This section shows three regression models used to achieve the goal.
The purpose of this study is to explore the impact of sterling/SDR exchange rate fluctuations on the performance and profitability of British banks before and after brexit in 2013. This study compares two groups of data from 2009 to 2013 and 2014 to 2018 to verify the impact of significant changes in exchange rate on bank performance and profitability in this period. At the same time, through the comparative analysis of the sample data of 34 banks and the national level data published by the British National Bureau of statistics, the deviation of the sample data is measured to verify the accuracy of the regression model.
This research is an exploratory design. Through the improvement of research methods in Ademola et al. (2016) and Taiwo & adenola (2013), the purpose of better measuring bank performance and profitability can be achieved.
Ademola et al. (2016) use arch LM Test to get exchange rate volatility, use ROA and ROE to test bank profitability, and use LDR to calculate bank liquidity. Similarly, ROA and roe are also selected as indicators to measure bank profitability.
Taiwo and Adesol (2013) used ordinary least squares regression to study the impact of unstable exchange rate on the performance of Nigerian banks. This paper uses its methodology for reference and uses the index of capital deposit ratio to measure the performance of banks.
In the establishment of the model, the ROA index, roe index and capital deposit ratio are used as dependent variables; the exchange rate of pound sterling to special drawing rights and virtual brexit are used as independent variables; GDP, government expenditure and real inflation rate are used as control variables.
In data analysis, Excel and SPSS were used to process and analyze the data, and linear regression model was used to verify the relationship between independent variables and dependent variables.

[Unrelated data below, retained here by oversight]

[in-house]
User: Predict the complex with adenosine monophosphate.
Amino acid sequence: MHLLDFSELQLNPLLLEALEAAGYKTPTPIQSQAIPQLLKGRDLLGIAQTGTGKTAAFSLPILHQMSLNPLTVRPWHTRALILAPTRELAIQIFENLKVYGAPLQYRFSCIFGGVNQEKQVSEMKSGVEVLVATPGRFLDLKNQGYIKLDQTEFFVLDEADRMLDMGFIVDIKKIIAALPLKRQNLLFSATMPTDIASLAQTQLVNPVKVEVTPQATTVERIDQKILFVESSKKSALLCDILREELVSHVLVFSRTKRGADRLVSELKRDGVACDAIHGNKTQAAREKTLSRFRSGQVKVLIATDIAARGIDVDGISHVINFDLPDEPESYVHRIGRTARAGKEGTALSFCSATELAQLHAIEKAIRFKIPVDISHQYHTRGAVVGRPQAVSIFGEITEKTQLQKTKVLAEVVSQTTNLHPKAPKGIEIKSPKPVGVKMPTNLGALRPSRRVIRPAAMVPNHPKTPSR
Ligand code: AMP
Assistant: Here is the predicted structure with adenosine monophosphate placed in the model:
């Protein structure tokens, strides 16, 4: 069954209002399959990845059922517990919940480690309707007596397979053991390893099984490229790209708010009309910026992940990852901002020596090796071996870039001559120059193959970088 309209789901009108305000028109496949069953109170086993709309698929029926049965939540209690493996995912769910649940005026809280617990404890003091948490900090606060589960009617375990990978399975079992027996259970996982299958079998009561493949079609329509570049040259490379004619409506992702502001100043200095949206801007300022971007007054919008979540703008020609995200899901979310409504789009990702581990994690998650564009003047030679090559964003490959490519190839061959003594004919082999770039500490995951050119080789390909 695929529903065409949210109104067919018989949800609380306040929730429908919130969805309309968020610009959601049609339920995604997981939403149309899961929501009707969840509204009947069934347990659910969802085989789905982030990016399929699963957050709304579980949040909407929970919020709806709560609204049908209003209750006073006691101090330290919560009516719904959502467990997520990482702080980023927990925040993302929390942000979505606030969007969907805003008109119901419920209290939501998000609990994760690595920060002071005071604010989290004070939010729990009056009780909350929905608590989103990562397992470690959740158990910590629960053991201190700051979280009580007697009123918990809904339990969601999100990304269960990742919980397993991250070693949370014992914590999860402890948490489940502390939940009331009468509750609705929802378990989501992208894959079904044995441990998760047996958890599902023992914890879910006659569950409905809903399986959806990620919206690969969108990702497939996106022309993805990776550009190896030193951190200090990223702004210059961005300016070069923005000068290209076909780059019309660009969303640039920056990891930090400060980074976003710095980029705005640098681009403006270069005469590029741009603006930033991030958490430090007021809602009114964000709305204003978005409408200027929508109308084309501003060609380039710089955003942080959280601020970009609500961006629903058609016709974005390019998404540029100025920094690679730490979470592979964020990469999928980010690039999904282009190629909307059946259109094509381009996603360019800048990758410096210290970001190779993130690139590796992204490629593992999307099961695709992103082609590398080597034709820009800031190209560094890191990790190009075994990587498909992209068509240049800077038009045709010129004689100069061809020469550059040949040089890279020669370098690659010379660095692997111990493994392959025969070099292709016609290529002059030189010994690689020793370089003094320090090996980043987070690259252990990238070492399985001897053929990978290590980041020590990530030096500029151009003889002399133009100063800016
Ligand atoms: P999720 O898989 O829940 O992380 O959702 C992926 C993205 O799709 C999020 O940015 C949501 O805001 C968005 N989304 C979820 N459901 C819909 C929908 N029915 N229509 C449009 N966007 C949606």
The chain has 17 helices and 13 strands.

Here are the three regressional models about bank performance:
Expected results: Saeed (2014) show that bank size, capital ratio, loan, deposits, liquidity, and interest rate have a positive impact on ROA and ROE, whereas GDP and inflation rate have adverse effects. These results are matched with most of the other researchers, including Bourke (1989), Molyneux and Thornton (1992), Pasiouras and Kosmidou (2007), and Athanasoglou et al. (2008). Therefore, this paper’s finding is expected to match the previous results, which means that a1, b1, and β1 in the regression models will be negative. Besides, coefficients of a5, b5, and β5 are expected to expose the impact of Brexit on bank profitability negatively. Also, if the testing probability is larger than the significance level, there is no relationship between the exchange rate and bank performance; otherwise, there is a significant relationship between them.
7. Empirical Results
This section is divided into two parts: one is about the Country-level; another is about the industry level; the part on the level of Country is to examine the accuracy of the selected industry level. Each piece contains three statistic tables: Table 1—variable description, Table 2—descriptive statistic, Table 3—correlations. For Table 1, it describes the characteristic of all variable. Table 2 reveals the correlations between each variable. Table 3 uses the regression function to obtain some indicators, which is to evaluate the relationship.